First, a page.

The beast appears to have originated in the Feywild. In the Feywild they were trained by the Unseelie court for hunting purposes. Eventually the Displacer beasts broke free of the fey's control and roamed causing chaos wherever they went. After the left captivity Unseelie court sent out blink dogs to track and drive the Displacer beasts out of the Feywild and into the materiel plane.
Another theory posited that displacer beasts had their origin in Bhaal, the Lord of Murder, who brought forth the first displacer beast, Shantu, using the a corrupted moonwell on the island of Gwynneth in the Moonshae Isles.
Displacer beasts were large cat-like creatures, sometimes described as panther or puma-like with six legs and a pair of long tentacles sprouting from their shoulders. They were covered in a pelt of blue-black fur. They were usually about 9 feet long and weighed as much as 500 pounds, but the occasional mutant could be twice this size. In some versions, they were considered to be emaciated.
Displacer beasts used their innate magic to bend light, making them appear to be a foot or two from their actual positions.
Like many big cats, displacer beasts often were pack hunters, although they were sometimes encountered alone.
Notable Displacer BeastsEdit
- Wyllow had a displacer beast companion called Crissann named after a human mercenary wizard she had befriended many years ago. Halaster turned her against Wyllow and she was forced to kill the mercenary.
On page 66 of Monster Manual 3.5, the alignment of the displacer beast is lawful evil, but in the Monster Manual 4th edition, the creatures' alignment has changed to unaligned, due to the removal of the lawful evil alignment. In the Monster Manual 5th edition, it has again become lawful evil.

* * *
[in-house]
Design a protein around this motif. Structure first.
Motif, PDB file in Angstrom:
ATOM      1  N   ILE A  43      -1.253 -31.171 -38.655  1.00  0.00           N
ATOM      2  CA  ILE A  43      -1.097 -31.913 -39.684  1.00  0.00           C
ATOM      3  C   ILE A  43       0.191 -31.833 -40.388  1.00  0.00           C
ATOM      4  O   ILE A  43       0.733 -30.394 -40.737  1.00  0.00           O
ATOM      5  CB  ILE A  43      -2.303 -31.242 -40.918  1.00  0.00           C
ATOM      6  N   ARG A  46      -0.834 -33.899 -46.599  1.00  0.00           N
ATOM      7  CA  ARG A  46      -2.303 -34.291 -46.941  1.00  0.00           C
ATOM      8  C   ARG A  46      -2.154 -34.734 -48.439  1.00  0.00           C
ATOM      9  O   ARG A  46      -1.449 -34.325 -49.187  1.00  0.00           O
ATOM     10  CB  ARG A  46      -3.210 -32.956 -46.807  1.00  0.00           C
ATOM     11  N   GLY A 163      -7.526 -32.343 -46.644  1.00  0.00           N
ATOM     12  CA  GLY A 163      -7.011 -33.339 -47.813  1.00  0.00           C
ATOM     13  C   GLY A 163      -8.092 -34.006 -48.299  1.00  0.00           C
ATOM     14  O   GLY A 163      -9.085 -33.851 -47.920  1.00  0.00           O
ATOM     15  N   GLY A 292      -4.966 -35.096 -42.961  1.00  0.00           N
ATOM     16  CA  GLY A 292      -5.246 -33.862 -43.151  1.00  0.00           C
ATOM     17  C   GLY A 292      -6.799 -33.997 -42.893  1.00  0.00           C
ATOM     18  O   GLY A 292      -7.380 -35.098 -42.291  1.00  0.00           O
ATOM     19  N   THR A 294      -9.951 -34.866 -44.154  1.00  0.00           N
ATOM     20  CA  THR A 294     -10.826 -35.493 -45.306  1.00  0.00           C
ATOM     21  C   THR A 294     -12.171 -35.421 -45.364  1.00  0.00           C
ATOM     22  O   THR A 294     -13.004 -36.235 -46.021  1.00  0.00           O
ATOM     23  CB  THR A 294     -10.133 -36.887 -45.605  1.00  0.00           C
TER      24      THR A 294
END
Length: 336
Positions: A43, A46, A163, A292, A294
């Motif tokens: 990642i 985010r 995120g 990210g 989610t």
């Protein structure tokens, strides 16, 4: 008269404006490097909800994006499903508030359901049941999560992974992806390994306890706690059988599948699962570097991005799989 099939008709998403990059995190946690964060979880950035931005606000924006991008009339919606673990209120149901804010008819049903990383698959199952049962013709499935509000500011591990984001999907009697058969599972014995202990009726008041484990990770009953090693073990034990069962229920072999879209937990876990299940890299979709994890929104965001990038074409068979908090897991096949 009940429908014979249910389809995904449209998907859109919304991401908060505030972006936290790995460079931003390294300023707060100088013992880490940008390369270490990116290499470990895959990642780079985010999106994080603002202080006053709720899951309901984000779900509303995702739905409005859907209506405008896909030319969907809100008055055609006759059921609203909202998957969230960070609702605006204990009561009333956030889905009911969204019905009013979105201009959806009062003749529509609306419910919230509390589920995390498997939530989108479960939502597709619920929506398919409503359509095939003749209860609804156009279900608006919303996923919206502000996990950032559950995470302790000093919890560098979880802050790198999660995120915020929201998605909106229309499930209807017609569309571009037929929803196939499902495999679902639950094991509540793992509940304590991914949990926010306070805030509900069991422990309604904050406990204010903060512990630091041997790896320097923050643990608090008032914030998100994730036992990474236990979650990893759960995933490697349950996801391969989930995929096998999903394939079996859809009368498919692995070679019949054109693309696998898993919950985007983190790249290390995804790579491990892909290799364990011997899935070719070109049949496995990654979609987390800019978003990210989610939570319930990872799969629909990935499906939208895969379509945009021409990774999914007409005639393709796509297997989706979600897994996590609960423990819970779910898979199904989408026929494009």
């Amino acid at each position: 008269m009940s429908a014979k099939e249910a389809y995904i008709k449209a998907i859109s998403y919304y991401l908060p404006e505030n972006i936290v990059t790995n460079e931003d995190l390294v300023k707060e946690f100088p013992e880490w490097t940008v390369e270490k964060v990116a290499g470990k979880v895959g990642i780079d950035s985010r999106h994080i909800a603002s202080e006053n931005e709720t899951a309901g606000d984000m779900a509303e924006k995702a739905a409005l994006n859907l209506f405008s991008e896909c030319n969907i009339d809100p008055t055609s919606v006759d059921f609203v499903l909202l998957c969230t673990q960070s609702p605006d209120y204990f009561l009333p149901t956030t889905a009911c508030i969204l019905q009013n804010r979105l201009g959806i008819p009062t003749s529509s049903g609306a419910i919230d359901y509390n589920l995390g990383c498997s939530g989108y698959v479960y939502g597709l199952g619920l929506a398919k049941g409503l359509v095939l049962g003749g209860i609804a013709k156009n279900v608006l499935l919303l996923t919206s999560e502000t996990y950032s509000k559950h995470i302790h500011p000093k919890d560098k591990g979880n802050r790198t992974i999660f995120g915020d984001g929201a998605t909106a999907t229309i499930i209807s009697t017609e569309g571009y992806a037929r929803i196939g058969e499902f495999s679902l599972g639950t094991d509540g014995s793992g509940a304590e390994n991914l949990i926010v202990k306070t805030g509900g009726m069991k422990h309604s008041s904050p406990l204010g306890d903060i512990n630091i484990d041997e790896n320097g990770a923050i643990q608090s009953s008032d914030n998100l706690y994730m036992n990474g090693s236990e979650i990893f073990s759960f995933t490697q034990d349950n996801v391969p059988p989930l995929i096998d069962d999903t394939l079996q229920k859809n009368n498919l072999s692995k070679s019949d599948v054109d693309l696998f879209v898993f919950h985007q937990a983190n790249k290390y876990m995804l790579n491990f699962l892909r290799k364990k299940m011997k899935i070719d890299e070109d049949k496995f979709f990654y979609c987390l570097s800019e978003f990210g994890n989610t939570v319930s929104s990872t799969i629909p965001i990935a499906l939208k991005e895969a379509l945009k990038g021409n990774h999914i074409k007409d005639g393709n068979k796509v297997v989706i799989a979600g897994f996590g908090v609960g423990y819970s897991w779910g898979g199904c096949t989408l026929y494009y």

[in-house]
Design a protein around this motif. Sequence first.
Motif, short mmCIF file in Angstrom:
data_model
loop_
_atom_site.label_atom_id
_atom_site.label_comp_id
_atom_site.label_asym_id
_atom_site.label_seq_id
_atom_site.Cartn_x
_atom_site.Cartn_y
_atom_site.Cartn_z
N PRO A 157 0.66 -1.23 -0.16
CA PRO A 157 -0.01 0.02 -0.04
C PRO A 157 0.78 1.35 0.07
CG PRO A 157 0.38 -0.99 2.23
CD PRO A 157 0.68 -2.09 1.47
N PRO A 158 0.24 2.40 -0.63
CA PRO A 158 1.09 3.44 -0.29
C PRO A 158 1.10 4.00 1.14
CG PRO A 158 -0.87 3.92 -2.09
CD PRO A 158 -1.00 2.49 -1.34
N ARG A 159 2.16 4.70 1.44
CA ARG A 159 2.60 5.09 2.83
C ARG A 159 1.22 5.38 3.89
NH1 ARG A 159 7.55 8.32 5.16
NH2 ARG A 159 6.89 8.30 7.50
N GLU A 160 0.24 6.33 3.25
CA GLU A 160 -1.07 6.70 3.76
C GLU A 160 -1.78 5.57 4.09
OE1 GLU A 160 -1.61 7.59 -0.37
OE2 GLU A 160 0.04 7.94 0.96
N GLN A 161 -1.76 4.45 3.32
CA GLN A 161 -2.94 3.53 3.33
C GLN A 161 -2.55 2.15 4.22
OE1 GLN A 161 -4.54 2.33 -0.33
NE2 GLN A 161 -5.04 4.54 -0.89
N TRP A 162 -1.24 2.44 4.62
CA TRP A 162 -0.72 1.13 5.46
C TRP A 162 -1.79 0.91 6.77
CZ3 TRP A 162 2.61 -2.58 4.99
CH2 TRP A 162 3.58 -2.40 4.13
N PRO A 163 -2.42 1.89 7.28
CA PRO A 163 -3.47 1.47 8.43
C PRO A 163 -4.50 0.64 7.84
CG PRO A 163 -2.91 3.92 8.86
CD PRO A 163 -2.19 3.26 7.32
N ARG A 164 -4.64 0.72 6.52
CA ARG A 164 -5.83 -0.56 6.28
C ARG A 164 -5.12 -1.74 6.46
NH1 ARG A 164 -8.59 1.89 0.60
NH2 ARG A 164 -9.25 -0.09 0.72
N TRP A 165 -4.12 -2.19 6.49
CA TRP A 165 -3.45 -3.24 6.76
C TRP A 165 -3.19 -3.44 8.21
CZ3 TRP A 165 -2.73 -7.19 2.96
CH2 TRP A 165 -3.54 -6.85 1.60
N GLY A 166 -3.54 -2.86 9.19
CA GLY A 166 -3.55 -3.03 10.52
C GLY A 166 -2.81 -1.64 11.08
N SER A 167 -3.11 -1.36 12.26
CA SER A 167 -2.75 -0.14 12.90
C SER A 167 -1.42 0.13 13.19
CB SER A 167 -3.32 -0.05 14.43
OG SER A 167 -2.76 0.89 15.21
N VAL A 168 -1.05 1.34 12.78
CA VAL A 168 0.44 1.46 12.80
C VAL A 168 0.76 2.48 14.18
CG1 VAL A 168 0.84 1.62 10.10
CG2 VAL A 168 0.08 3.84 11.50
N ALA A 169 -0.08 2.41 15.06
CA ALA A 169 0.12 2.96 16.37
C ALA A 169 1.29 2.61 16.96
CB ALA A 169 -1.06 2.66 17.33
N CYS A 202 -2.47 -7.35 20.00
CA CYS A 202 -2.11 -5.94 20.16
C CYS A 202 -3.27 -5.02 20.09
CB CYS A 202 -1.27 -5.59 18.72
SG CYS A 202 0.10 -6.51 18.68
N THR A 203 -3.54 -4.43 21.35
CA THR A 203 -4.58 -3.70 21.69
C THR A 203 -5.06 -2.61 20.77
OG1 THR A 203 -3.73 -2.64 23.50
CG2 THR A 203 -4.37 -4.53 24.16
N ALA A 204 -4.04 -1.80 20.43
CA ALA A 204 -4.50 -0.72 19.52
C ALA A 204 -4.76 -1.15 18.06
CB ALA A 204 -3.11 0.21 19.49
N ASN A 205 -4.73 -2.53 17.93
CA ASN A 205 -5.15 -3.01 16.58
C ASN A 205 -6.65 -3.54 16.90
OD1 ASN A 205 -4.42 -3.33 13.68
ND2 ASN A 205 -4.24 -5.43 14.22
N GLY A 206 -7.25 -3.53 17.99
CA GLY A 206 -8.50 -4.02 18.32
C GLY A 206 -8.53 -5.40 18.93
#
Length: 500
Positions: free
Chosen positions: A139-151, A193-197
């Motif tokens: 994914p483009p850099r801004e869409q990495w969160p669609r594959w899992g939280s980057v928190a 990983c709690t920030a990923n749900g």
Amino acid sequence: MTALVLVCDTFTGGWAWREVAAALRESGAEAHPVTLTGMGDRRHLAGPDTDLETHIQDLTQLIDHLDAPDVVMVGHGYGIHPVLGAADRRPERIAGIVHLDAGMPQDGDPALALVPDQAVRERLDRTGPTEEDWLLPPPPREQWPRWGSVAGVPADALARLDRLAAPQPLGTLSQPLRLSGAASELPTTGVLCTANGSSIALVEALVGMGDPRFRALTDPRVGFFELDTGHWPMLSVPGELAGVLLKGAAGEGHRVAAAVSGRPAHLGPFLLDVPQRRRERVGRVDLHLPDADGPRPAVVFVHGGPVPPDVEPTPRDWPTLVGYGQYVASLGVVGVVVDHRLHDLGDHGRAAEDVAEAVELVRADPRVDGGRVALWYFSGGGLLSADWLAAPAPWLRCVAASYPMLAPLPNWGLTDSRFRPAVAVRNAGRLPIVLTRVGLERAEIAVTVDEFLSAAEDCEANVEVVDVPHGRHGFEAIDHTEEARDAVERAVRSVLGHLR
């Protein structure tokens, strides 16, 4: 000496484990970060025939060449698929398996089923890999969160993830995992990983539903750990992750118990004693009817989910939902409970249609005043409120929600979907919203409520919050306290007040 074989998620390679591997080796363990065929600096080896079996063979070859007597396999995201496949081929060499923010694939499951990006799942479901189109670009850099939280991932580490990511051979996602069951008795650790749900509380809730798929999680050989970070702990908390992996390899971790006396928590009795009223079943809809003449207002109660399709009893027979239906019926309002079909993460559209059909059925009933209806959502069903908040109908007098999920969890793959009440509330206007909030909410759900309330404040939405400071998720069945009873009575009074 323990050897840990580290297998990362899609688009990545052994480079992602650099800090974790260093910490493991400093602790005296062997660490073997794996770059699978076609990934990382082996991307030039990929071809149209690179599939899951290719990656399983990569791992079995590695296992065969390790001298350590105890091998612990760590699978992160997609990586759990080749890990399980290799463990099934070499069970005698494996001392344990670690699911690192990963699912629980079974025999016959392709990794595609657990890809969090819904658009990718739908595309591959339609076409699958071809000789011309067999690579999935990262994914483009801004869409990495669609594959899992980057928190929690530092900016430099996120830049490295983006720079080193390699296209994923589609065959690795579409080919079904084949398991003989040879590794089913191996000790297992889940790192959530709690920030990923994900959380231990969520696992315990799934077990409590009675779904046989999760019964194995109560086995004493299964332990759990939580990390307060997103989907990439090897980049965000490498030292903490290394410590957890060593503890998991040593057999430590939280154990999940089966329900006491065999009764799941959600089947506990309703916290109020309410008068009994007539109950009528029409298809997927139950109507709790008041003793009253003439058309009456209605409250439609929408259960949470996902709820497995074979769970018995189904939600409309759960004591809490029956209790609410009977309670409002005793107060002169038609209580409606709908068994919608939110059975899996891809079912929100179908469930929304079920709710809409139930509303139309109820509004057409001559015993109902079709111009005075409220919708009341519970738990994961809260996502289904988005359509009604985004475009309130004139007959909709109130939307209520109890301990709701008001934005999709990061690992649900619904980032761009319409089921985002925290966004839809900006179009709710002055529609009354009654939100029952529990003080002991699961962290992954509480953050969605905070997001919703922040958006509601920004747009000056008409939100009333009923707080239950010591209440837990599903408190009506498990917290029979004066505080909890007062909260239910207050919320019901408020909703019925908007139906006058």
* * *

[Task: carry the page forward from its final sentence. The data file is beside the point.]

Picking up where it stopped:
- Card Games
- Video Games
- Curse of the Azure Bonds
- Eye of the Beholder
- Gateway to the Savage Frontier
- Baldur's Gate: Dark Alliance
- Baldur's Gate: Siege of Dragonspear
- Bill Mickelson (May 1986). “The Ecology of the Displacer Beast”. In Kim Mohan ed. Dragon #109 (TSR, Inc.), pp. 32–34.
- ↑ 1.0 1.1 Wizards RPG Team (2014). Monster Manual 5th edition. (Wizards of the Coast), p. 81. ISBN 978-0786965614.
- ↑ 2.0 2.1 2.2 2.3 Mike Mearls, Stephen Schubert, James Wyatt (June 2008). Monster Manual 4th edition. (Wizards of the Coast), p. 70. ISBN 978-0-7869-4852-9.
- ↑ 3.00 3.01 3.02 3.03 3.04 3.05 3.06 3.07 3.08 3.09 3.10 3.11 3.12 3.13 3.14 3.15 3.16 Skip Williams, Jonathan Tweet, Monte Cook (July 2003). Monster Manual v.3.5. (Wizards of the Coast), pp. 66–67. ISBN 0-7869-2893-X.
- ↑ Doug Stewart (June 1993). Monstrous Manual. (TSR, Inc), p. 56. ISBN 1-5607-6619-0.
- ↑ Gary Gygax (December 1977). Monster Manual, 1st edition. (TSR, Inc), p. 28. ISBN 0-9356-9600-8.
- ↑ Ed Greenwood (May, 2009). The Sword Never Sleeps. (Wizards of the Coast), p. 294. ISBN 978-0-7869-5015-7.
- ↑ Douglas Niles (December 2004). Darkwell. (Wizards of the Coast), pp. 47–48. ISBN 0-7869-3566-9.
- ↑ Christopher Perkins (November 2018). Waterdeep: Dungeon of the Mad Mage. Edited by Jeremy Crawford. (Wizards of the Coast), p. 70. ISBN 978-0-7869-6626-4.